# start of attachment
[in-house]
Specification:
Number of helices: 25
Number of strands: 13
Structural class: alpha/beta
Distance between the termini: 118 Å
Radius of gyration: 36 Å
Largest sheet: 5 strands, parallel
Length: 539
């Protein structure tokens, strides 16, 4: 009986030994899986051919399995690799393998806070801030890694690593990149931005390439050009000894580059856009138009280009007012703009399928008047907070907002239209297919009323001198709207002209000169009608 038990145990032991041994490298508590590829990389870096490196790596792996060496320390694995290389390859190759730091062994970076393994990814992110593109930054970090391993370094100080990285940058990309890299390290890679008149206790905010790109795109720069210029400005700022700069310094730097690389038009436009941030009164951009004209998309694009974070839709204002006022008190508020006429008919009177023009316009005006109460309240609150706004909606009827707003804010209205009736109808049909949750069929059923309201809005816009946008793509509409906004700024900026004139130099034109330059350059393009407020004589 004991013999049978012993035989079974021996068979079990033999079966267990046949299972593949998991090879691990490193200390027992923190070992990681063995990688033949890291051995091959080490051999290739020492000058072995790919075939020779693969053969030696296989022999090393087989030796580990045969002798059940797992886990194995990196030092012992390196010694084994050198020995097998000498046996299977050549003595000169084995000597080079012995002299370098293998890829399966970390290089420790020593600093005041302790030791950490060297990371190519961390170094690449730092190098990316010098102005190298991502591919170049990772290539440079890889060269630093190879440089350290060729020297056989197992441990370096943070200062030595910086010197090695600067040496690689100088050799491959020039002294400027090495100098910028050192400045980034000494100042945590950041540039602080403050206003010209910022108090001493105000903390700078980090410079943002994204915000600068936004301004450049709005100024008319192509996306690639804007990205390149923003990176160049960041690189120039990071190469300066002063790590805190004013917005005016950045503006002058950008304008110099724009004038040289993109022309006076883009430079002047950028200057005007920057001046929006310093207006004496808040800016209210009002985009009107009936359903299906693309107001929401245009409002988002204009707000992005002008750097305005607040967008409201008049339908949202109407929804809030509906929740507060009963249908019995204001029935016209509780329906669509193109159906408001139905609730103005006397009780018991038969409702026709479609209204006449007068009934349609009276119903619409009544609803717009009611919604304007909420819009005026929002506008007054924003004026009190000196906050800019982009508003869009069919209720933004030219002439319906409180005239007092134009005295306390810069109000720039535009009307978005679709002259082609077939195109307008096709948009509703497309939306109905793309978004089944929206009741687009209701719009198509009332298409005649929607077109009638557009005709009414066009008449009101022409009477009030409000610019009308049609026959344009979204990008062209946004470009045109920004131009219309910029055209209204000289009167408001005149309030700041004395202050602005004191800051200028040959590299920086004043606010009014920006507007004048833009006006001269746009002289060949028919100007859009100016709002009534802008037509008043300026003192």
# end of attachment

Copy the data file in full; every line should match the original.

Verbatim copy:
[in-house]
Specification:
Number of helices: 25
Number of strands: 13
Structural class: alpha/beta
Distance between the termini: 118 Å
Radius of gyration: 36 Å
Largest sheet: 5 strands, parallel
Length: 539
């Protein structure tokens, strides 16, 4: 009986030994899986051919399995690799393998806070801030890694690593990149931005390439050009000894580059856009138009280009007012703009399928008047907070907002239209297919009323001198709207002209000169009608 038990145990032991041994490298508590590829990389870096490196790596792996060496320390694995290389390859190759730091062994970076393994990814992110593109930054970090391993370094100080990285940058990309890299390290890679008149206790905010790109795109720069210029400005700022700069310094730097690389038009436009941030009164951009004209998309694009974070839709204002006022008190508020006429008919009177023009316009005006109460309240609150706004909606009827707003804010209205009736109808049909949750069929059923309201809005816009946008793509509409906004700024900026004139130099034109330059350059393009407020004589 004991013999049978012993035989079974021996068979079990033999079966267990046949299972593949998991090879691990490193200390027992923190070992990681063995990688033949890291051995091959080490051999290739020492000058072995790919075939020779693969053969030696296989022999090393087989030796580990045969002798059940797992886990194995990196030092012992390196010694084994050198020995097998000498046996299977050549003595000169084995000597080079012995002299370098293998890829399966970390290089420790020593600093005041302790030791950490060297990371190519961390170094690449730092190098990316010098102005190298991502591919170049990772290539440079890889060269630093190879440089350290060729020297056989197992441990370096943070200062030595910086010197090695600067040496690689100088050799491959020039002294400027090495100098910028050192400045980034000494100042945590950041540039602080403050206003010209910022108090001493105000903390700078980090410079943002994204915000600068936004301004450049709005100024008319192509996306690639804007990205390149923003990176160049960041690189120039990071190469300066002063790590805190004013917005005016950045503006002058950008304008110099724009004038040289993109022309006076883009430079002047950028200057005007920057001046929006310093207006004496808040800016209210009002985009009107009936359903299906693309107001929401245009409002988002204009707000992005002008750097305005607040967008409201008049339908949202109407929804809030509906929740507060009963249908019995204001029935016209509780329906669509193109159906408001139905609730103005006397009780018991038969409702026709479609209204006449007068009934349609009276119903619409009544609803717009009611919604304007909420819009005026929002506008007054924003004026009190000196906050800019982009508003869009069919209720933004030219002439319906409180005239007092134009005295306390810069109000720039535009009307978005679709002259082609077939195109307008096709948009509703497309939306109905793309978004089944929206009741687009209701719009198509009332298409005649929607077109009638557009005709009414066009008449009101022409009477009030409000610019009308049609026959344009979204990008062209946004470009045109920004131009219309910029055209209204000289009167408001005149309030700041004395202050602005004191800051200028040959590299920086004043606010009014920006507007004048833009006006001269746009002289060949028919100007859009100016709002009534802008037509008043300026003192």